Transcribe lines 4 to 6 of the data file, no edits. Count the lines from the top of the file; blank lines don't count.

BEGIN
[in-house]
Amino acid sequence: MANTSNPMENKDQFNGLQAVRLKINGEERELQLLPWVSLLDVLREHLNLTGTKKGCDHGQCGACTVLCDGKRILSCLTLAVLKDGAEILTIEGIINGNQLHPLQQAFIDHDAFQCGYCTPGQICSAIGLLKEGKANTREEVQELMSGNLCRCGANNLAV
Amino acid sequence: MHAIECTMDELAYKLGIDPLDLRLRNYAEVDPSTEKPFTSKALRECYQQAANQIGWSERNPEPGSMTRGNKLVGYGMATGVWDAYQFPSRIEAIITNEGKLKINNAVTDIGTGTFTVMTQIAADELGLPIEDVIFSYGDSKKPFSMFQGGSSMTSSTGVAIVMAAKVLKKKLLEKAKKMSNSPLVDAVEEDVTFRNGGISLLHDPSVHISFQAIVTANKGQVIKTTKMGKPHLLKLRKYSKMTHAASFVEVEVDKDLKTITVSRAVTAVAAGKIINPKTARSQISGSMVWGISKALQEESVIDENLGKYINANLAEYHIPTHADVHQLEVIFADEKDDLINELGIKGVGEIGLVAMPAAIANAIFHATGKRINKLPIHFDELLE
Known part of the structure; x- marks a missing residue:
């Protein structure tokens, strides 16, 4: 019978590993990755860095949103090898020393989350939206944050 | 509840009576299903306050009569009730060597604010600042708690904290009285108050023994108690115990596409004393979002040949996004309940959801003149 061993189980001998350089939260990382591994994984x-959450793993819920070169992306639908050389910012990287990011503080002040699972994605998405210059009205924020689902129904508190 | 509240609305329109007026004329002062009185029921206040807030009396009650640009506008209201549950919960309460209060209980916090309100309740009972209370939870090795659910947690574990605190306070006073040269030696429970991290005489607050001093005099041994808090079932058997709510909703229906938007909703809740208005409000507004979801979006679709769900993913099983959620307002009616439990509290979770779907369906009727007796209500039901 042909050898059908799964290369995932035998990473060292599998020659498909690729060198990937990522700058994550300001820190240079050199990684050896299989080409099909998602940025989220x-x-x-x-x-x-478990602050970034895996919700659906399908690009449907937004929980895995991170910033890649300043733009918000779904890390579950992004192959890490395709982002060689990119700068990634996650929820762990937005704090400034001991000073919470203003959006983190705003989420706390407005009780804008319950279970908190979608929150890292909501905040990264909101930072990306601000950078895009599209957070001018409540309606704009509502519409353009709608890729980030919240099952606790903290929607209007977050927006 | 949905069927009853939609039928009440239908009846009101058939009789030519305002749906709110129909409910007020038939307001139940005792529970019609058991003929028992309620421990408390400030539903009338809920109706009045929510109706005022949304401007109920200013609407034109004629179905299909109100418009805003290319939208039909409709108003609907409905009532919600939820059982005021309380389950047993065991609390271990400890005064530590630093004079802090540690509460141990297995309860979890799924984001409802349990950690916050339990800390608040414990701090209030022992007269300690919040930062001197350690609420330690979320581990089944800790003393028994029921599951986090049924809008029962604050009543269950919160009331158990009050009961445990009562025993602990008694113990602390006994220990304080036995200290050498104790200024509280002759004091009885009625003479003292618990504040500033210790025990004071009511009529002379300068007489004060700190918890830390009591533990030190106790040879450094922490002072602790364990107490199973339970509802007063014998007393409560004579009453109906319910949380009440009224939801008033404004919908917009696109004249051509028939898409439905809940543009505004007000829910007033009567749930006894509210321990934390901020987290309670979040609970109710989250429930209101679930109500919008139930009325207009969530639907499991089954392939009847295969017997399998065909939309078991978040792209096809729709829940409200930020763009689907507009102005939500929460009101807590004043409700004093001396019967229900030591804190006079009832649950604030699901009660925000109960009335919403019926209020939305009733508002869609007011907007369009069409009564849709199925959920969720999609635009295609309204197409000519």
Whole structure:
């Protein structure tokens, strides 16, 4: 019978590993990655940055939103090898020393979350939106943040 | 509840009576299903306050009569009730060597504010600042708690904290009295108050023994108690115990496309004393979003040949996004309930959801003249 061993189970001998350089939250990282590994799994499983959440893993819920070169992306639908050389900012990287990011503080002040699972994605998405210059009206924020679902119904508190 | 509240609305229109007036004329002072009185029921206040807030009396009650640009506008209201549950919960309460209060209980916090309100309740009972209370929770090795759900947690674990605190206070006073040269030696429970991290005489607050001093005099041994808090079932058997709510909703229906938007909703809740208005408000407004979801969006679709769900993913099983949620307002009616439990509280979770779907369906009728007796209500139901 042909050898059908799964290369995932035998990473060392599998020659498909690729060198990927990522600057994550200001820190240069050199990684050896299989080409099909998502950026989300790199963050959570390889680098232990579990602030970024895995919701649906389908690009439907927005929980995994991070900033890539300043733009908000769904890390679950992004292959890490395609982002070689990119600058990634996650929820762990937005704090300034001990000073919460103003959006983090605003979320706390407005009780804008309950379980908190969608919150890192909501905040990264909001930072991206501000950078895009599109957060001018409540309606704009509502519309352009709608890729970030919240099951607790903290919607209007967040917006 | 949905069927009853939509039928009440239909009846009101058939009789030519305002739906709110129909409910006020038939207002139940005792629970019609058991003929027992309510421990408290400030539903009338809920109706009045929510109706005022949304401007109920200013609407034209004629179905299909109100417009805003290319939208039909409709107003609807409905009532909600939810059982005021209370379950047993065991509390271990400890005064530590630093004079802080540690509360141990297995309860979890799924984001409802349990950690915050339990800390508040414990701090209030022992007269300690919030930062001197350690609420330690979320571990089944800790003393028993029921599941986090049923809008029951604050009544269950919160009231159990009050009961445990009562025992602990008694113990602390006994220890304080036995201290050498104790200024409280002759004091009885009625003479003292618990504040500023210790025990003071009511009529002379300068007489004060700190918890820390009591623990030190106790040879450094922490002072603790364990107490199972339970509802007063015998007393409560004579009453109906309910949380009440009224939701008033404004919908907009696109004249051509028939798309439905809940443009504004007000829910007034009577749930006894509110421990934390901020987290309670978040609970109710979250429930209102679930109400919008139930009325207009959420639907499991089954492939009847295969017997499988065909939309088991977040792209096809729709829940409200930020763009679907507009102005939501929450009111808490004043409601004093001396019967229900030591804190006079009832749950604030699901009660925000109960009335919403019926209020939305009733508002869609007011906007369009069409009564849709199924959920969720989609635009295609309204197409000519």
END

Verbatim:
Known part of the structure; x- marks a missing residue:
């Protein structure tokens, strides 16, 4: 019978590993990755860095949103090898020393989350939206944050 | 509840009576299903306050009569009730060597604010600042708690904290009285108050023994108690115990596409004393979002040949996004309940959801003149 061993189980001998350089939260990382591994994984x-959450793993819920070169992306639908050389910012990287990011503080002040699972994605998405210059009205924020689902129904508190 | 509240609305329109007026004329002062009185029921206040807030009396009650640009506008209201549950919960309460209060209980916090309100309740009972209370939870090795659910947690574990605190306070006073040269030696429970991290005489607050001093005099041994808090079932058997709510909703229906938007909703809740208005409000507004979801979006679709769900993913099983959620307002009616439990509290979770779907369906009727007796209500039901 042909050898059908799964290369995932035998990473060292599998020659498909690729060198990937990522700058994550300001820190240079050199990684050896299989080409099909998602940025989220x-x-x-x-x-x-478990602050970034895996919700659906399908690009449907937004929980895995991170910033890649300043733009918000779904890390579950992004192959890490395709982002060689990119700068990634996650929820762990937005704090400034001991000073919470203003959006983190705003989420706390407005009780804008319950279970908190979608929150890292909501905040990264909101930072990306601000950078895009599209957070001018409540309606704009509502519409353009709608890729980030919240099952606790903290929607209007977050927006 | 949905069927009853939609039928009440239908009846009101058939009789030519305002749906709110129909409910007020038939307001139940005792529970019609058991003929028992309620421990408390400030539903009338809920109706009045929510109706005022949304401007109920200013609407034109004629179905299909109100418009805003290319939208039909409709108003609907409905009532919600939820059982005021309380389950047993065991609390271990400890005064530590630093004079802090540690509460141990297995309860979890799924984001409802349990950690916050339990800390608040414990701090209030022992007269300690919040930062001197350690609420330690979320581990089944800790003393028994029921599951986090049924809008029962604050009543269950919160009331158990009050009961445990009562025993602990008694113990602390006994220990304080036995200290050498104790200024509280002759004091009885009625003479003292618990504040500033210790025990004071009511009529002379300068007489004060700190918890830390009591533990030190106790040879450094922490002072602790364990107490199973339970509802007063014998007393409560004579009453109906319910949380009440009224939801008033404004919908917009696109004249051509028939898409439905809940543009505004007000829910007033009567749930006894509210321990934390901020987290309670979040609970109710989250429930209101679930109500919008139930009325207009969530639907499991089954392939009847295969017997399998065909939309078991978040792209096809729709829940409200930020763009689907507009102005939500929460009101807590004043409700004093001396019967229900030591804190006079009832649950604030699901009660925000109960009335919403019926209020939305009733508002869609007011907007369009069409009564849709199925959920969720999609635009295609309204197409000519």
Whole structure: